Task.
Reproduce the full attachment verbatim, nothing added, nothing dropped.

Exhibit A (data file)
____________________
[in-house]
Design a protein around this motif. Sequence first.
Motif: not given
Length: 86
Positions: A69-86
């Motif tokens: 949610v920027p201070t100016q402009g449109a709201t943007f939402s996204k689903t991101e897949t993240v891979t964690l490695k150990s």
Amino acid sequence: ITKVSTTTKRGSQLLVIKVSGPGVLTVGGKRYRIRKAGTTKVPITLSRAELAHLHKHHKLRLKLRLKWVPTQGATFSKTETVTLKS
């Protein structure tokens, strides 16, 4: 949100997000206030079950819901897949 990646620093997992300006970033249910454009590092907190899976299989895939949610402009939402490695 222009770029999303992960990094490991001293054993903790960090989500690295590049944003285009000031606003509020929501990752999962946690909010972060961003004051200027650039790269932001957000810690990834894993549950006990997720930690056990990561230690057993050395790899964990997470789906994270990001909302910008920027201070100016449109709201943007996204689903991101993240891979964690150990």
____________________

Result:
[in-house]
Design a protein around this motif. Sequence first.
Motif: not given
Length: 86
Positions: A69-86
């Motif tokens: 949610v920027p201070t100016q402009g449109a709201t943007f939402s996204k689903t991101e897949t993240v891979t964690l490695k150990s």
Amino acid sequence: ITKVSTTTKRGSQLLVIKVSGPGVLTVGGKRYRIRKAGTTKVPITLSRAELAHLHKHHKLRLKLRLKWVPTQGATFSKTETVTLKS
């Protein structure tokens, strides 16, 4: 949100997000206030079950819901897949 990646620093997992300006970033249910454009590092907190899976299989895939949610402009939402490695 222009770029999303992960990094490991001293054993903790960090989500690295590049944003285009000031606003509020929501990752999962946690909010972060961003004051200027650039790269932001957000810690990834894993549950006990997720930690056990990561230690057993050395790899964990997470789906994270990001909302910008920027201070100016449109709201943007996204689903991101993240891979964690150990």